28.4. In terms of quantity seized, heroin is the illicit substance seizures of which have varied least in recent years. The same cannot be said for the quantities of hashish and cocaine seized. By way of example, approximately 52,000 kg of hashish were seized in 1993, but only 9,000 kg in 1997. Similarly, the maximum amount of seizures of cocaine occurred in 1997 (approximately 3,000 kg), while the minimum (in 1993) was approximately 200 kg.

28.5. It should be mentioned that the substances seized are mainly intended for small-scale traffic and that this has been the case since 1993, the earliest date for which records are available.

28.6. A slight alteration in the situation has been noted with regard to cocaine. Since 1995 the number of seizures of cocaine intended for large-scale traffic has increased by approximately 100 per cent.

28.7. According to data provided by the judicial police (1997) the average prices of a gramme of narcotics over the period January to December 1997 were as follows:

Cocaine 61.85 Euros (12 619 escudos)
Hashish 6.41 Euros (1 304 escudos)
Heroin 52.88 Euros (10 788 escudos)
China white 147.05 Euros (30 000 escudos)
Marijuana 5.00 Euros (1 020 escudos)

28.8. The number of persons apprehended by the police is constantly increasing: the number of alleged perpetrators identified by the police increased from 9,054 in 1996 to 9,333 in 1997. The number of individuals convicted rose from 3,181 in 1996 to 4,292 in 1997.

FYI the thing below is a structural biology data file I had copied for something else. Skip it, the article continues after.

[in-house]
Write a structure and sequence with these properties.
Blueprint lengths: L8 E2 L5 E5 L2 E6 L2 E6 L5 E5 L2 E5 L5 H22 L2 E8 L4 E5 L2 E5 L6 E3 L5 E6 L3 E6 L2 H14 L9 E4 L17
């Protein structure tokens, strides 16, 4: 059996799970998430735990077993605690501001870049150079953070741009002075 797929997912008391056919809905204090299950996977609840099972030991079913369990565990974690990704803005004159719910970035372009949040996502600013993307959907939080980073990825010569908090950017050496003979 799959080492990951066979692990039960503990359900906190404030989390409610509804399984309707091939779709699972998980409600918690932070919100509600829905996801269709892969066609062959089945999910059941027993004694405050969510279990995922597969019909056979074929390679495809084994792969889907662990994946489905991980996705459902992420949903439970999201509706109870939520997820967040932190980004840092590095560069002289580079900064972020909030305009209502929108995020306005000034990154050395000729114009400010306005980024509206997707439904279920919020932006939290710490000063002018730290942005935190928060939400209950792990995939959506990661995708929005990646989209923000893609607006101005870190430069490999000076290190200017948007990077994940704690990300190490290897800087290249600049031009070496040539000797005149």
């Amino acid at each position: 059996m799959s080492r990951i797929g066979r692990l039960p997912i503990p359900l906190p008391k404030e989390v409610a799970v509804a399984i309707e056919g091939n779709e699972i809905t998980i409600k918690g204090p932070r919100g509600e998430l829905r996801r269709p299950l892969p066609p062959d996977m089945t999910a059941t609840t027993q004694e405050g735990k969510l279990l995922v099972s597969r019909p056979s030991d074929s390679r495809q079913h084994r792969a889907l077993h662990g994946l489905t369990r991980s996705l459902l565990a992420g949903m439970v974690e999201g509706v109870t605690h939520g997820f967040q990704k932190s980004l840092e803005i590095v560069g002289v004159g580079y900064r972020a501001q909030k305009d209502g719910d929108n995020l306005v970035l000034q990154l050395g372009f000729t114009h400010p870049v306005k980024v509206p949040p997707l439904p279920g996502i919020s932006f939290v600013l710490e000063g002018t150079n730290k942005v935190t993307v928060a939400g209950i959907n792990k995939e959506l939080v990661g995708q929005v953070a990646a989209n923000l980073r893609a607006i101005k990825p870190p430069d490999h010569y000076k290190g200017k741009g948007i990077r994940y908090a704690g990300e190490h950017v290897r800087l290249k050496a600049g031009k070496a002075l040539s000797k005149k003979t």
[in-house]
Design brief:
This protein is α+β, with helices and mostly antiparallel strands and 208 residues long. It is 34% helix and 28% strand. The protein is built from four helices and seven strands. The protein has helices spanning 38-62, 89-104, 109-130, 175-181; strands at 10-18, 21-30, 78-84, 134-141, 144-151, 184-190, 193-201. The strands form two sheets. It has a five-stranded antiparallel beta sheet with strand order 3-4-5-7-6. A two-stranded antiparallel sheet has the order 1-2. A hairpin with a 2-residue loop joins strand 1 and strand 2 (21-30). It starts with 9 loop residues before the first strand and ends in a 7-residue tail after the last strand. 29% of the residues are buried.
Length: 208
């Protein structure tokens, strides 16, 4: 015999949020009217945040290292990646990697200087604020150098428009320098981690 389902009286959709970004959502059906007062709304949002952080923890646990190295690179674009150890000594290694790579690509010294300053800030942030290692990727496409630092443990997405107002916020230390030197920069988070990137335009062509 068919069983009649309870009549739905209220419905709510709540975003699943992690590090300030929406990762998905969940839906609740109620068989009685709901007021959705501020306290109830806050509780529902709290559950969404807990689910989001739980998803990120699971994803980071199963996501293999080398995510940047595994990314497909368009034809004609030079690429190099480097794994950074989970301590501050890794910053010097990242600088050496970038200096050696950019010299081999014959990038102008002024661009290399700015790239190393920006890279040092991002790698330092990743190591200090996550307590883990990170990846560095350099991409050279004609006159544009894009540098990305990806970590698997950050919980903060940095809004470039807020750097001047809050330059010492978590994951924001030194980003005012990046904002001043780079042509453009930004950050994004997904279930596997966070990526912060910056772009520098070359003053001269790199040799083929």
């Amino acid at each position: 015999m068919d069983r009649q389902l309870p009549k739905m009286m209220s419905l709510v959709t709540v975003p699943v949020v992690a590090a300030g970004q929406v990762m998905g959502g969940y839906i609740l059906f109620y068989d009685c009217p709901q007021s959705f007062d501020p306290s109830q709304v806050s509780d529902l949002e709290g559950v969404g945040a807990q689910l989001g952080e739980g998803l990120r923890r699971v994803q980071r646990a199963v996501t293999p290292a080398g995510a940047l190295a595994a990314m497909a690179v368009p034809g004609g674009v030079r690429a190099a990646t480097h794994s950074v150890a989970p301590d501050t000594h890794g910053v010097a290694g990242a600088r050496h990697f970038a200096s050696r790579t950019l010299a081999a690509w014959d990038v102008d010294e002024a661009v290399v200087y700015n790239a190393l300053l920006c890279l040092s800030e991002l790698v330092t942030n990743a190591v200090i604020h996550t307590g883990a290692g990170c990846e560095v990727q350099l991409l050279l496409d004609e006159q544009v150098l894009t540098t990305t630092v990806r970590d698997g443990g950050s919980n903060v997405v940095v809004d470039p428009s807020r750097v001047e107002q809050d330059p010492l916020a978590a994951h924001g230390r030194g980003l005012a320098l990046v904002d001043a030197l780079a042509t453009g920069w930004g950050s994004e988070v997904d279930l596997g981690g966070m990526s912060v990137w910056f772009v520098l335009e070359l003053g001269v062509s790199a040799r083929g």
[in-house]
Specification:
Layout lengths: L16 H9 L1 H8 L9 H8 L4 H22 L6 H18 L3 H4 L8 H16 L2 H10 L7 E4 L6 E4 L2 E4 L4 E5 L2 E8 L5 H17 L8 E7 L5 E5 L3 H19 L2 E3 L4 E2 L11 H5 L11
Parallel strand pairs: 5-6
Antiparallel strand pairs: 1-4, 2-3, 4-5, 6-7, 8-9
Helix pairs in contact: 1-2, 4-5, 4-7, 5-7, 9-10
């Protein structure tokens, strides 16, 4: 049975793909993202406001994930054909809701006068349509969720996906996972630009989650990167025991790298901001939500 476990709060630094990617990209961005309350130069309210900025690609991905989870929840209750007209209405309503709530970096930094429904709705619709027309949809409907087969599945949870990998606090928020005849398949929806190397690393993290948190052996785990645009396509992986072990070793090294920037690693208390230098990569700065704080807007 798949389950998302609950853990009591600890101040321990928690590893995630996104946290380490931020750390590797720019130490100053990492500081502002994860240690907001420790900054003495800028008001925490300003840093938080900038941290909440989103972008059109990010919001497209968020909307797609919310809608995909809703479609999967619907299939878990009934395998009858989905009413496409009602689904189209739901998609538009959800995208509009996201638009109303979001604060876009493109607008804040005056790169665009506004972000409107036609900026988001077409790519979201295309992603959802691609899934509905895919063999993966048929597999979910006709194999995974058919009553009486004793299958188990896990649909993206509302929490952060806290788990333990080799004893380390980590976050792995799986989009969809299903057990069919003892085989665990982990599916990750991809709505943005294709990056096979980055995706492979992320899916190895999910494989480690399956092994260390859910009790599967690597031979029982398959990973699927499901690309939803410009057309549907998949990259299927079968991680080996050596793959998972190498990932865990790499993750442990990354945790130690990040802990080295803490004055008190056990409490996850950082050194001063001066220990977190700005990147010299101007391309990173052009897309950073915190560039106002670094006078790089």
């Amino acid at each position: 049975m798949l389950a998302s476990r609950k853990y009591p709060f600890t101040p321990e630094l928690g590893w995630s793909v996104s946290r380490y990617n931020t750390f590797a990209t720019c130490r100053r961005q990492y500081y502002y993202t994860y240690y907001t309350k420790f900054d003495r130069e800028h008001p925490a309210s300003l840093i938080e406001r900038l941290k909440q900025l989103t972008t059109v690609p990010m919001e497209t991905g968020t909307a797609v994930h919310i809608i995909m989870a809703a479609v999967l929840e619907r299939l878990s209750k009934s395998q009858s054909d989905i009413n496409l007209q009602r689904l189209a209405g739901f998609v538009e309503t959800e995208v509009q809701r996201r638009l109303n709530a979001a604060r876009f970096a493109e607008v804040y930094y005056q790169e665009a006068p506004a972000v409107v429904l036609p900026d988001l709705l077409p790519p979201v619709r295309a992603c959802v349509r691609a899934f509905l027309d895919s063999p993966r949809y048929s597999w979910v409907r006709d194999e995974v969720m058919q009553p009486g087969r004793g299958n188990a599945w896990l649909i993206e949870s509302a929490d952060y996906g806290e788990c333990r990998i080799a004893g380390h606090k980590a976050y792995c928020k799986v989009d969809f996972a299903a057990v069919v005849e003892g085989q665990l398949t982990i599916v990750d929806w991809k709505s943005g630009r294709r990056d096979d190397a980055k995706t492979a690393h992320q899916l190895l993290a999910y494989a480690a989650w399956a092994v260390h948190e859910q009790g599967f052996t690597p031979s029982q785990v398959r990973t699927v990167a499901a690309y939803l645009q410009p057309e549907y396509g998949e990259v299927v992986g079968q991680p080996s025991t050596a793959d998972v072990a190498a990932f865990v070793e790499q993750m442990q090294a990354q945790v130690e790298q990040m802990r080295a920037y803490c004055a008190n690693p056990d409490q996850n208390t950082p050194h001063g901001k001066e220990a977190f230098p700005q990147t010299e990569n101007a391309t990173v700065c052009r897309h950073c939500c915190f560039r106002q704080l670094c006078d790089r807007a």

28.9. The number of police interventions has had an impact on the quantities of drugs seized and the number of seizures. In comparison with 1996, 1997 showed an increase in the quantities of the principal illicit drugs seized and an increase in seizures of cocaine, heroin and marijuana. The number of seizures of heroin declined slightly.

28.10. There has been an effort on the part of the police to intervene more effectively; this has had an impact on the increase in the number of individuals stopped by the police and the quantities of drugs seized. These data also indicate the impact of police intervention in the categories of "consumers" and of "small-scale traffic".

29. Please describe the laws adopted and measures taken to combat the production, trafficking, distribution, possession and use of prohibited drugs.

29.1. In Portugal matters relating to drugs are governed by specific instruments. The basic instrument on the traffic and consumption of narcotics and psychotropic substances is Decree-Law No. 15/93 of 22 January, amended by Decree-Law No. 81/95 of 22 April and Law No. 45/96 of 3 April. Regulatory Decree No. 61/94 of 12 October and Ministerial Order No. 94/96 of 26 March were adopted in order to give effect to the decree-law.

29.2. Mention should also be made of the following instruments: Regulatory Decree No. 42/93 of 27 November (granting of licences to private entities providing assistance in the area of drug addiction and their treatment for tax purposes), Decree-Law No. 43/94 of 17 February, amended by Decree-Law No. 67/95 of 8 April (SPTT - Service for the Prevention and Treatment of Drug Addiction), Decree-Law No. 313/93 of 13 September (money laundering) and Decree-Law No. 193/96 of 15 October (National Programme for the Prevention of Drug Addiction - Project VIDA).